Every so often, one music critic or another will put together a list of composers generally regarded as one-hit wonders. These lists are usually heavy on opera: Ponchielli for La Gioconda or Leoncavallo for I Pagliacci. Among the non-operatic titles are Samuel Barber and his Adagio for Strings, and depending on the depth of the list (and the depth of the critic), there’s often a mention of Paul Dukas (below, right) for The Sorcerer’s Apprentice.

Who hasn’t heard The Sorcerer’s Apprentice or at least seen the Walt Disney treatment of it in the animated “Fantasia” (1940), with Mickey Mouse and all those brooms and buckets of water. But Dukas, whose La Péri will be performed by the Chicago Symphony Orchestra on March 6-8, is worth knowing beyond his one big hit. He was a fascinating man, close friends with Debussy and more than a nodding acquaintance of Saint-Saëns. Along with being a composer, he was a scholar and music critic, and in later life, a highly regarded teacher. Among his many students were Olivier Messiaen, Carlos Chávez and Joaquin Rodrigo.

Born in Paris in 1865, Dukas lost his mother, a pianist, five years later when she gave birth to the family’s third child. Though Dukas began piano lessons at a young age, he was hardly inspired. When he turned 14, however, he began composing, and by age 16, he was studying at the Paris Conservatory.

paul-dukasHe won several prizes there but was disappointed at not winning the Prix de Rome, the school’s highest award. He left the conservatory, served in the military for a few years and then embarked on twin careers: composer and music critic. His first published review was of a Ring cycle conducted by Gustav Mahler at Covent Garden! In 1892, he made his Paris debut as a composer with his overture Polyeucte, which received its premiere under Charles Lamoureux and his Orchestre Lamoureux. That same year, Dukas wrote The Sorcerer’s Apprentice. The 12-minute piece would overshadow all his other works.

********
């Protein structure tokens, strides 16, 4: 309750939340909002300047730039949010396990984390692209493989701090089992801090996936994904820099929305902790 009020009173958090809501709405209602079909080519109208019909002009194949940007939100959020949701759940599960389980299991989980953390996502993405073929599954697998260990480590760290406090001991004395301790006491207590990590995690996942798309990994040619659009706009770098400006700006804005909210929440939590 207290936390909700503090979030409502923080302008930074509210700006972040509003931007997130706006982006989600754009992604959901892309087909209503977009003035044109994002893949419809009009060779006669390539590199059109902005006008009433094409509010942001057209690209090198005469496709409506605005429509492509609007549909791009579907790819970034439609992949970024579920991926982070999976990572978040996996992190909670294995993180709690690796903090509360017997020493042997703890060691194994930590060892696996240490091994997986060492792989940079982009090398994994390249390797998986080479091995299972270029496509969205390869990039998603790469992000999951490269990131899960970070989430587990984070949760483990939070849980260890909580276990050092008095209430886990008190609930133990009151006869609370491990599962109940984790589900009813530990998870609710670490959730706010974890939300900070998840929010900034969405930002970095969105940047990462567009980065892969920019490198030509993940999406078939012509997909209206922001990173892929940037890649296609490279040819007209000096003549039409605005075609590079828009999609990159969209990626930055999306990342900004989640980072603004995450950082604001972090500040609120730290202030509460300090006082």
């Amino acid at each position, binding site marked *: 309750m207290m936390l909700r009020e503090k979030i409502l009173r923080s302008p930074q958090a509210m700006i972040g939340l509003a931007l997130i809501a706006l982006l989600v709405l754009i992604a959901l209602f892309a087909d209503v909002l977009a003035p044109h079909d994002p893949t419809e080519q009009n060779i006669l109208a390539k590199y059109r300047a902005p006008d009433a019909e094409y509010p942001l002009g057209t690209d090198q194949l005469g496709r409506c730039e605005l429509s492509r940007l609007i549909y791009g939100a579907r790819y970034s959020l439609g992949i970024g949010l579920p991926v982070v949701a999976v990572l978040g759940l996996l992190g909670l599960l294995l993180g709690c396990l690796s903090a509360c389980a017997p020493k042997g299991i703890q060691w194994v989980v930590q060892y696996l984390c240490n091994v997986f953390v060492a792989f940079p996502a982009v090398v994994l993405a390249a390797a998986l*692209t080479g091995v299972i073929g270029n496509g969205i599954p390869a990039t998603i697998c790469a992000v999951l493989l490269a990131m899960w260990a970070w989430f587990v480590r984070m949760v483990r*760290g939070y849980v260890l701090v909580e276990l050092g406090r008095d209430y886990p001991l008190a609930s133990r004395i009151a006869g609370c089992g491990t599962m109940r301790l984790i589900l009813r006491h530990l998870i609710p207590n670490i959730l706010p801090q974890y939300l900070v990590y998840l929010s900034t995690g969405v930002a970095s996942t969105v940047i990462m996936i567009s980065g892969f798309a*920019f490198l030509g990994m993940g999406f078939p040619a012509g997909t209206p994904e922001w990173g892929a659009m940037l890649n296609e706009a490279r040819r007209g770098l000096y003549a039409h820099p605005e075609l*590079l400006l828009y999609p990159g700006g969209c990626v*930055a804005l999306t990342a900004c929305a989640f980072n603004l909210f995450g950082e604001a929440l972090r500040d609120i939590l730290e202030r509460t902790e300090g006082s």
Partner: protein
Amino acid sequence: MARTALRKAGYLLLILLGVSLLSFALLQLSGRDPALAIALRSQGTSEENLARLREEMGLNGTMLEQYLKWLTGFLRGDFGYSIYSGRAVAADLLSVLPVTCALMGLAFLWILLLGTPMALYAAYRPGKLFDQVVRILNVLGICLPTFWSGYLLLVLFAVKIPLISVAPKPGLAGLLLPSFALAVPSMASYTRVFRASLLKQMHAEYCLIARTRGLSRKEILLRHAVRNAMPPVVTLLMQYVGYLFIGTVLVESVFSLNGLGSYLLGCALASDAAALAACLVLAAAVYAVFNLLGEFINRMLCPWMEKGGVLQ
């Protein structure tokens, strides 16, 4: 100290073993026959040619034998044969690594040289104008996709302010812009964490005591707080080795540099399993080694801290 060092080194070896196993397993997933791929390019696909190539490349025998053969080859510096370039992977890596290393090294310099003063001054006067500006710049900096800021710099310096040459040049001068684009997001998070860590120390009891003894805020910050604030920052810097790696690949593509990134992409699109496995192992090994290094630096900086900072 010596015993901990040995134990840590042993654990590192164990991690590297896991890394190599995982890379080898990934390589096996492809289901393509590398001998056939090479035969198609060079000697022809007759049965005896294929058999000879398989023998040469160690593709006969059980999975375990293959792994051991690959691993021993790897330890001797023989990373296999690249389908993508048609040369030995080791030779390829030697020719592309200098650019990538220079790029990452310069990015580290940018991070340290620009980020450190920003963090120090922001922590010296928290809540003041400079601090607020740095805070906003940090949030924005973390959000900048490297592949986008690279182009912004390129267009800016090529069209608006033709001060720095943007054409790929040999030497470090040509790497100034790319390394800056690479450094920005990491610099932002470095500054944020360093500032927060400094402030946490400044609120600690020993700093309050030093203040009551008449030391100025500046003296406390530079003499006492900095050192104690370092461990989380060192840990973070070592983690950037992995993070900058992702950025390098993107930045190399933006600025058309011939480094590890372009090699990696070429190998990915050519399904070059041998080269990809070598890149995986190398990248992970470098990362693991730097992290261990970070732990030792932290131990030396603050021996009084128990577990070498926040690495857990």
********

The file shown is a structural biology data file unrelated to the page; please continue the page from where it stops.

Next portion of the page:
Incredibly self-critical, Dukas destroyed many of his compositions simply because he was dissatisfied with them. His last published orchestral work was the one-act ballet La Péri (1912). It begins with a fanfare that is a stand-alone favorite among brass players and then goes on to tell the story of a young Persian prince who travels to the ends of the Earth seeking immortality. It is a harmonically lush work, full of exotic sounds and Debussian textures. It shows Dukas as a master of his craft, a composer who is at the absolute height of his creativity.

After La Péri, Dukas largely retreated to teaching and writing criticism. He died in Paris in 1935 at the age of 69. Had he lived for five more years, he would have basked in the popular success of Disney’s “Fantasia,” the animated classic that immortalized his Sorcerer’s Apprentice — and Dukas himself.

Chicago-based writer Jack Zimmerman has authored a couple of novels, countless newspaper columns and was the 2012 recipient of the Helen Coburn Meier and Tim Meier Arts Achievement Award. He currently works as subscriber relations manager for Lyric Opera of Chicago.

PHOTO: Paul Dukas is best known for The Sorcerer’s Apprentice, which Disney turned into a pop-culture touchstone with the film “Fantasia” (1940).